Published on March 31, 2023

NCBE Announces National Mean for February 2023 MBE

Press Release

MADISON, WISCONSIN, March 31, 2023—The National Conference of Bar Examiners (NCBE) announced today that the national mean scaled score for the February 2023 Multistate Bar Examination (MBE) was 131.1, a decrease of 1.5 points compared to the February 2022 mean of 132.6. The MBE, one of three sections that make up the bar exam in most US jurisdictions, consists of 200 multiple-choice questions answered over six hours.

19,228 examinees took the February 2023 MBE, an increase of more than 16% compared to the 16,504 examinees who sat for the exam in February 2022, and the largest examinee count for a February administration since 2019.

Approximately 72% of February 2023 examinees were likely repeat test takers, and approximately 28% were likely taking the exam for the first time. [1] This reflects an increase in the proportion of likely repeaters and a decrease in the proportion of likely first-time takers compared to February 2022, when approximately 68% of examinees were likely repeat test takers, and approximately 32% were likely taking the exam for the first time.

NCBE Director of Assessment and Research Rosemary Reshetar, EdD, commented: “We know that first-time test takers tend to perform better on the MBE, on average, than those who are repeating the test. A high proportion of repeat test takers compared to first-time takers is typical for February, resulting in lower February means compared to July results. This February is no exception in that regard, and we believe that an increase in the number of likely repeat examinees compared to February 2022 is a partial reason for the decrease in the average score this year.”

However, the higher number of repeat test takers does not in itself fully account for the drop in the mean this February. “We saw a decrease in performance across all groups of examinees, and the decrease was the greatest (about two scaled score points) for likely first-time test takers. Research in K-12 and undergraduate settings clearly shows that the global COVID-19 pandemic had a negative effect on learning, and surveys of law students similarly suggest that those students who began law school in 2019–2020 would have been significantly impacted by pandemic-related educational disruptions,” said Reshetar. Law school typically takes three years to complete, and many bar exam-tested topics are taught in the first year of law schools’ curricula. Examinees who sit for the first time in February likely either delayed taking the bar exam during the July following graduation or have graduated a semester early.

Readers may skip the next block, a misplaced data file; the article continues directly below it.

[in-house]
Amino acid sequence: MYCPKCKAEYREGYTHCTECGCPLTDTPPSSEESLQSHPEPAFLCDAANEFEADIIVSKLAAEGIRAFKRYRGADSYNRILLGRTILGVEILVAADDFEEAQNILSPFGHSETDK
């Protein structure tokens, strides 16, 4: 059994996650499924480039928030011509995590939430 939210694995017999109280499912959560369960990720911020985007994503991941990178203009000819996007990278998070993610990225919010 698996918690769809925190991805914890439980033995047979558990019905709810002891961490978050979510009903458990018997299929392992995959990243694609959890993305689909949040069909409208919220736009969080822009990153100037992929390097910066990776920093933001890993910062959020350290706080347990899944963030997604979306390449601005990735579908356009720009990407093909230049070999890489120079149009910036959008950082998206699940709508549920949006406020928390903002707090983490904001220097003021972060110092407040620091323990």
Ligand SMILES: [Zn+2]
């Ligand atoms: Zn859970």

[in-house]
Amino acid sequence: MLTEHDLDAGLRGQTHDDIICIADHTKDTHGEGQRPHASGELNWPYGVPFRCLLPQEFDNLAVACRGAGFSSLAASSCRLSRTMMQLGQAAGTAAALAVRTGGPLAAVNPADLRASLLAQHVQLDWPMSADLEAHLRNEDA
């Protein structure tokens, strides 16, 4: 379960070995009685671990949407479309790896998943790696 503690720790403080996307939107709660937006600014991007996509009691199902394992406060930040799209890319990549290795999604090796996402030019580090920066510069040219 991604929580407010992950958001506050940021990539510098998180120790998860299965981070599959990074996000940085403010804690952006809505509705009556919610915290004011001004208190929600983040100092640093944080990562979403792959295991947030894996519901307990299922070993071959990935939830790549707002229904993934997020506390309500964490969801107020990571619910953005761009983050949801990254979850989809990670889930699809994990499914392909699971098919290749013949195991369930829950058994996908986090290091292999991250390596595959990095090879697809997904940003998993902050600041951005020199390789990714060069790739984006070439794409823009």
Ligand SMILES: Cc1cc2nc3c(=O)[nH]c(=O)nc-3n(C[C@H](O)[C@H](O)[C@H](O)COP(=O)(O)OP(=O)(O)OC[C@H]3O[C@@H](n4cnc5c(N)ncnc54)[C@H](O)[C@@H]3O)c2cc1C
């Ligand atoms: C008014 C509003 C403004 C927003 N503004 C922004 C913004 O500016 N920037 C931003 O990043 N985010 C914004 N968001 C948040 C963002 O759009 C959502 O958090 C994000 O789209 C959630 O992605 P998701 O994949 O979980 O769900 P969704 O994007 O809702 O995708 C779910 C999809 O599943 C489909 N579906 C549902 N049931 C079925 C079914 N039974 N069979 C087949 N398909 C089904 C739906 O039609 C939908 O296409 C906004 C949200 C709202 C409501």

Reliability for the February 2023 exam was 0.92, the same as the reliability for the February 2022 exam and consistent with the 5-year average for February administrations. (Reliability is an indicator of the consistency of a set of examination scores, with a maximum value of 1.0.)

According to Reshetar, MBE scores are carefully calibrated at each administration to ensure that scores have the same meaning over time and that fluctuations in the MBE mean reflect real differences in examinee performance. “The MBE is equated as part of the scoring process to control for any possible differences in exam difficulty compared to previous administrations. In keeping with best practices in high-stakes testing and our own quality control protocols, we also engage outside, independent measurement experts to conduct a separate scoring exercise in real time to verify the results our team has calculated. Because of this, we know that differences in MBE results reflect differences in examinee performance, not differences in the test itself,” said Reshetar.